Pupil jailed for murder of boy, 11, with cystic fibrosis

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The Independent Online

An 11-year-old schoolboy who coped courageously with cystic fibrosis was murdered by another pupil who used their school's mentoring system to lure him to his death.

Joe Geeling was stabbed to death and buried in a tree-lined gully in Bury, Greater Manchester, by Michael Hamer, 15, who was sentenced to life in jail yesterday after admitting the crime. He will serve at least 12 years.

Hamer, who was 14 at the time of the murder, was being bullied at St Gabriel's RC High School by boys who were briefly excluded for taking his dinner money from him. A few months later, in part to reassert his own personality, he singled out Joe, who was the smallest boy in his class as a result of his illness.

Hamer wrote a fictitious letter to him, purporting to be from the deputy head and telling him that he was to go home with him as they had been paired under the school's system of older pupils mentoring younger ones.

"I have given the address to your mum and she will meet you at the house at 4.30pm tonight," Hamer wrote. "Sorry for the inconvenience. Do not discuss this with anyone else as this will cause confusion."

Hours before the murder, Joe's teacher saw the letter. She realised it was a hoax and told Joe to see the deputy head about it. But nothing was done to stop Joe going to Hamer's house, where he was beaten to death with a frying pan and stabbed 16 times.

The lives of Joe and his killer were very different. Despite a condition that required overnight hospital treatment for two weeks every three months and impaired his growth, Joe was always "100mph", Manchester Crown Court was told. He had been in his primary school choir, and was in the local Crusaders motorbike club with his father.

While in hospital, he would go to school as normal and in the evenings return to hospital. He never complained about his illness and enjoyed playing video games with other children on the ward.

By contrast, Hamer suffered from "infrequent and intermittent" contact with his father - a policeman, who left the child's mother before he was born.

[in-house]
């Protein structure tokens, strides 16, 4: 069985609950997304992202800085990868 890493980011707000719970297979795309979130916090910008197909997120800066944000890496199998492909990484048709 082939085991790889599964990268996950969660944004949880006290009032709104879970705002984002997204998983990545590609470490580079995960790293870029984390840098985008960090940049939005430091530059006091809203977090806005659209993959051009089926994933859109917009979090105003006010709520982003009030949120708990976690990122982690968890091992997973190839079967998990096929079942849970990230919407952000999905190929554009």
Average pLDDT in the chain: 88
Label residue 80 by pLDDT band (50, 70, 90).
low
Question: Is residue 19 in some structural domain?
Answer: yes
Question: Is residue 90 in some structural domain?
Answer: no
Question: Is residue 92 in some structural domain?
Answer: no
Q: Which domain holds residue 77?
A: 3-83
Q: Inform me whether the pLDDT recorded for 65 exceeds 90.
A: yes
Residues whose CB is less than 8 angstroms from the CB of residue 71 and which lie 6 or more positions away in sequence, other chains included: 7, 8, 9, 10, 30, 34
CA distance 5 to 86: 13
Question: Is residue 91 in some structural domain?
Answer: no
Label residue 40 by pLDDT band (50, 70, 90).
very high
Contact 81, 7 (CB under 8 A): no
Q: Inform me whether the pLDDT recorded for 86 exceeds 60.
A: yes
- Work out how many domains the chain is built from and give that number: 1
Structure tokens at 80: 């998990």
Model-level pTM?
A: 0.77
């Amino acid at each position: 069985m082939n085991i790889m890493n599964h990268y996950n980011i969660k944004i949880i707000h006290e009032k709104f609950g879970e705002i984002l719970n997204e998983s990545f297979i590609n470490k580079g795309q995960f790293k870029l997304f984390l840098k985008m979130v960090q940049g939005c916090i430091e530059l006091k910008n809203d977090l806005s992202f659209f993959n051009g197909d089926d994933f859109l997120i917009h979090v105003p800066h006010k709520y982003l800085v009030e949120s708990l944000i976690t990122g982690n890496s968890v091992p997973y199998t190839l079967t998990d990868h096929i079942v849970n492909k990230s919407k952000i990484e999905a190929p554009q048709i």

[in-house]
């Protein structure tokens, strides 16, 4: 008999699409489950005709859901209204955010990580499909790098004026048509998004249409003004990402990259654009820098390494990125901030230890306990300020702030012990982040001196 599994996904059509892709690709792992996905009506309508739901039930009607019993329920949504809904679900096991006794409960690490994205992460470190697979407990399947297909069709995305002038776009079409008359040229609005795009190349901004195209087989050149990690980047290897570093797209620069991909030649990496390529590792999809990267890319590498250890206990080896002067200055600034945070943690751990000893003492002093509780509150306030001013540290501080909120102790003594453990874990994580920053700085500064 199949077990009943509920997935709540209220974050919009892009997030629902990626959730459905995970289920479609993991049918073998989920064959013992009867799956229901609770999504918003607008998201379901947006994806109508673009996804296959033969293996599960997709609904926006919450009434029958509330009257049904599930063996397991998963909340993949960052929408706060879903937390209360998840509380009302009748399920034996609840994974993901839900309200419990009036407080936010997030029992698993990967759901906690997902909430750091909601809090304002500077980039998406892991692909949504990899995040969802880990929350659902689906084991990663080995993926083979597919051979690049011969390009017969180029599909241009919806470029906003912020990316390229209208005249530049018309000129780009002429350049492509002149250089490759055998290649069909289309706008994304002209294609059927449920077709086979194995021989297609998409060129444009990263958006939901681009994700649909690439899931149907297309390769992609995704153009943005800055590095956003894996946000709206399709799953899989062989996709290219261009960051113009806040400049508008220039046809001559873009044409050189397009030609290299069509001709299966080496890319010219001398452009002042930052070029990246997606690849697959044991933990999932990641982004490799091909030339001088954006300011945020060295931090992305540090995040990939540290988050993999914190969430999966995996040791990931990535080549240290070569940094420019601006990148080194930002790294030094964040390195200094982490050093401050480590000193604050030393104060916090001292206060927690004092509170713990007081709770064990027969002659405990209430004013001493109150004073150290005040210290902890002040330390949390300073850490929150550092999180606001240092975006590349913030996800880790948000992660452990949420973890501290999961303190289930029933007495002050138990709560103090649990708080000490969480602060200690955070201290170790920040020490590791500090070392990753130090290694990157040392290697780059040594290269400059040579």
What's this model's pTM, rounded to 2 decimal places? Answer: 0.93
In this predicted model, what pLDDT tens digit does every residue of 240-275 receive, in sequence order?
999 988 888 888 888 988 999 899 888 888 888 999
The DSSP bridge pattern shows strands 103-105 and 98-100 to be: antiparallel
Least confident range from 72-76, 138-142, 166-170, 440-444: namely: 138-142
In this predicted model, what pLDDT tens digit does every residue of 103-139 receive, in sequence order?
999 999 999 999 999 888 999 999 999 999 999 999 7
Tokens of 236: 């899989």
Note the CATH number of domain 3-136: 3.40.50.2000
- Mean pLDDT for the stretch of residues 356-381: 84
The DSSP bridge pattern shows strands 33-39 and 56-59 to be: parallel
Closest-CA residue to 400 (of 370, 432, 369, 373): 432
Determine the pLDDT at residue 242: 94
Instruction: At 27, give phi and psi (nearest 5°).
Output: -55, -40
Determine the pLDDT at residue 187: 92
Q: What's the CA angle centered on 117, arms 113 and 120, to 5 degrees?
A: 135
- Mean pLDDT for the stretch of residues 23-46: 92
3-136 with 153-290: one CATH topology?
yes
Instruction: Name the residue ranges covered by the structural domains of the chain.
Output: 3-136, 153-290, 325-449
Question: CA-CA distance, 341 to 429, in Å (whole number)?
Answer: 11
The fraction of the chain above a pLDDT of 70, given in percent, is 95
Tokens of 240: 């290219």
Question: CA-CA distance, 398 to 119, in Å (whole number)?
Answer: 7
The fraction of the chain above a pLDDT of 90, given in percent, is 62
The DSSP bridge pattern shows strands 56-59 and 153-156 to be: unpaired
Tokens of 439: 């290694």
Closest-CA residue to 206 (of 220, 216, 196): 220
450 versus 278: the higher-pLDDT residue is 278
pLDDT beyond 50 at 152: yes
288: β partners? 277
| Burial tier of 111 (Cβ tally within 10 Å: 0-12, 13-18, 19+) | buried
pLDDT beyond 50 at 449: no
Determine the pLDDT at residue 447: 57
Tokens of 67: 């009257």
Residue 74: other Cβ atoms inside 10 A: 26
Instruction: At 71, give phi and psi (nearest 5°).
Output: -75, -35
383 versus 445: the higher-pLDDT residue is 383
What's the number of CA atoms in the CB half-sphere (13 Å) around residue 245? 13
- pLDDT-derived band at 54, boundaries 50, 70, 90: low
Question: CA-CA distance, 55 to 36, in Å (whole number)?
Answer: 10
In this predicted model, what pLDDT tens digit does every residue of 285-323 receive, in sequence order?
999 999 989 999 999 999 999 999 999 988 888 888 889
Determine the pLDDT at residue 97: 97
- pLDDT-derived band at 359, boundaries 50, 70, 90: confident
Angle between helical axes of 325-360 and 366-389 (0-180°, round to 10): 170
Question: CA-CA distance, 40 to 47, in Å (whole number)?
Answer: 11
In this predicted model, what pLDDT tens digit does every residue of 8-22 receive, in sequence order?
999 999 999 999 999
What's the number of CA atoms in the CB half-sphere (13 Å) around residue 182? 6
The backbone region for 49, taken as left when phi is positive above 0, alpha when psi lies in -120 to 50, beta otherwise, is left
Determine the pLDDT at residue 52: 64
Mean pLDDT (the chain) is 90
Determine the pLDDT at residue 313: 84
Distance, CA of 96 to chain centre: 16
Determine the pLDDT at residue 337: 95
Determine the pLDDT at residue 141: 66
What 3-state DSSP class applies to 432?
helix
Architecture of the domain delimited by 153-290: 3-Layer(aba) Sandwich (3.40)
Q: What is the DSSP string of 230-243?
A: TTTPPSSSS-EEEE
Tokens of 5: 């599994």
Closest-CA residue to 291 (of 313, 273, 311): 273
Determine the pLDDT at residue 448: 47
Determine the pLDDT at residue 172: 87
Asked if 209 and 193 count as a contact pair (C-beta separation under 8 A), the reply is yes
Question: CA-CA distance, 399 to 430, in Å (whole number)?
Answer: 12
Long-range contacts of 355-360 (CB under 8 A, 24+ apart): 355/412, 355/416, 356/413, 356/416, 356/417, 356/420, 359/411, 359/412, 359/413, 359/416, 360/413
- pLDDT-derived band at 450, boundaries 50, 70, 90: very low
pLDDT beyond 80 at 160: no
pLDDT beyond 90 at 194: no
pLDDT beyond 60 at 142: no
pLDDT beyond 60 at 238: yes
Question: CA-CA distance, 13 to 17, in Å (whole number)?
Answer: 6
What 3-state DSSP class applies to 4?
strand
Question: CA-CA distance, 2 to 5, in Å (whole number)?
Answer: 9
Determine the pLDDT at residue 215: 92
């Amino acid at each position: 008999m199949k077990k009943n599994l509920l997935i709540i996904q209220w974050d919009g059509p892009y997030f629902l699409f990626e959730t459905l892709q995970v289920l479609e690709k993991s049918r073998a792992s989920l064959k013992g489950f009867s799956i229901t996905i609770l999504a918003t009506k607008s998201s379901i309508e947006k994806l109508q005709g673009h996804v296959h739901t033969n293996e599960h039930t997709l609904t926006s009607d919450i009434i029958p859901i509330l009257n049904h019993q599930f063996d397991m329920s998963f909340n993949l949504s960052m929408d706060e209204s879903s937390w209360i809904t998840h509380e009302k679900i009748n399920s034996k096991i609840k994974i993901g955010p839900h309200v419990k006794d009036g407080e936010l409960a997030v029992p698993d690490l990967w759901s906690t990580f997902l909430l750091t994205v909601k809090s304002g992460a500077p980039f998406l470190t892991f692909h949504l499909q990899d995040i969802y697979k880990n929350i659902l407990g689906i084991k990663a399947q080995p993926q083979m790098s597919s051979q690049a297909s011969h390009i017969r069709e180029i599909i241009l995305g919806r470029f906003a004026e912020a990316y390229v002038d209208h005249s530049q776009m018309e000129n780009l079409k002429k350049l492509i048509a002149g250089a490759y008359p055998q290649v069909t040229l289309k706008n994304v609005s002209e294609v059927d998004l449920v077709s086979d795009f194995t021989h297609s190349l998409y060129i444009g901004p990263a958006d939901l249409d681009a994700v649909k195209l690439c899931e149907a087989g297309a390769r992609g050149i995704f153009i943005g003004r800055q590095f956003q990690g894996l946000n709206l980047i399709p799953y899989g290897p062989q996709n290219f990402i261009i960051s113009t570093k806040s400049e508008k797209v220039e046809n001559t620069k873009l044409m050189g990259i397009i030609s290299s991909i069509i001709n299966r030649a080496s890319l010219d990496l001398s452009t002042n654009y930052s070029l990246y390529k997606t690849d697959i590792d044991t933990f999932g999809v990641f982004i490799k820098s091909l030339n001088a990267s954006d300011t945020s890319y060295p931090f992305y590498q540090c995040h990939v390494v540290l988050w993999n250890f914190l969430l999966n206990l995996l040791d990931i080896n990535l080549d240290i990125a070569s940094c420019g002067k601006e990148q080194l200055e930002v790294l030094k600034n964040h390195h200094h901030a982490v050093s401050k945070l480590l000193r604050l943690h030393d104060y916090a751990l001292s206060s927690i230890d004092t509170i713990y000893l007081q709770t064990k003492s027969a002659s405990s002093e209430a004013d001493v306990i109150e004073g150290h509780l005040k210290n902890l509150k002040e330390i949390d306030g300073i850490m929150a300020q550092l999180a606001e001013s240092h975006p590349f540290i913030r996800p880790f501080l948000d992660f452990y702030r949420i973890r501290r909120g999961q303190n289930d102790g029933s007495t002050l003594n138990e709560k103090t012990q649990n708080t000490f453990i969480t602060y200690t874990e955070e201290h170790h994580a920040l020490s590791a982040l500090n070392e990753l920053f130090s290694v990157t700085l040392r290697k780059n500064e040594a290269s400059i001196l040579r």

He was affected by having heard his father tell his mother that he had no feelings for him and he struggled to integrate at school, where he was at the "low end of average" ability.

Hamer tended to associate with children three years below his own age group - his extra years giving him, for once, some respect. He made an "adolescent sexual approach" to Joe, which was rejected.

Soon after lunch on the day of his death, the fake letter - written in red ink after three earlier drafts in which Hamer honed his letter-writing technique - was being passed around. Joe went to the deputy head's office but by chance was intercepted there by Hamer.

Minutes later, and again by chance, the two teachers who first saw the note saw Joe and Hamer in the corridor. They questioned Joe, who looked to Hamer for approval as he answered their questions. The teachers were interrupted when a fire alarm was set off, and everyone filed out to the playground before returning to class.

Hamer's letter was discovered with Joe's body, stained with his blood, in the gully in Whitehead Park, Bury. Hamer told police he had beaten Joe with a pan because he had interfered with a photograph of his deceased step-brother. But Hamer had not even met the step-brother.

Joe's father, Tom, described how, despite his illness, Joe had a no self-pity. "He understood those were the cards God had dealt to him and together we made the best of what we had," he said.

The couple's knowledge about how their son had suffered throughout his ordeal had been "enough to break any man, let alone a loving and devoted mother."